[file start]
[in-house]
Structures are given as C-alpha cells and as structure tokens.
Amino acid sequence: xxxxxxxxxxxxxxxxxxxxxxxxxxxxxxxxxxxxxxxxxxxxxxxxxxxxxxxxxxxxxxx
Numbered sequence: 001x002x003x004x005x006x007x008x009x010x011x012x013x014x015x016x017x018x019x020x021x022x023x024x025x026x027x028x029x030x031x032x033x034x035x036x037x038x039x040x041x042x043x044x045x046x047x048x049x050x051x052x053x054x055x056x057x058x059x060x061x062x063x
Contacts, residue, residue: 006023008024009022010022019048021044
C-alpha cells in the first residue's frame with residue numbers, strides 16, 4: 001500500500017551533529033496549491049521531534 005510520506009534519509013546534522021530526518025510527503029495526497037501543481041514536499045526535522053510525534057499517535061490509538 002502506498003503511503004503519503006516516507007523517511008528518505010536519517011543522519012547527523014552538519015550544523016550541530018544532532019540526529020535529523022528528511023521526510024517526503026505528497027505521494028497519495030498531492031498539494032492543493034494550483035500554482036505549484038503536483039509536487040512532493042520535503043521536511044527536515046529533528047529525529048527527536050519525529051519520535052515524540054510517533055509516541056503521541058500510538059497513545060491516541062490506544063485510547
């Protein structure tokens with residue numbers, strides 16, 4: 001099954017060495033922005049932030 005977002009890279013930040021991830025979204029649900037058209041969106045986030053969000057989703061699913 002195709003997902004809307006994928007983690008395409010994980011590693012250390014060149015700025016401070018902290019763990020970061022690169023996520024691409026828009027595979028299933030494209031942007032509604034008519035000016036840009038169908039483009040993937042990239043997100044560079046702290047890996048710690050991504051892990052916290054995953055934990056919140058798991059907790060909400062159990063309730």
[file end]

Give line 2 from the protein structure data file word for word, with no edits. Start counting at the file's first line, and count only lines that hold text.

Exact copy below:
Structures are given as C-alpha cells and as structure tokens.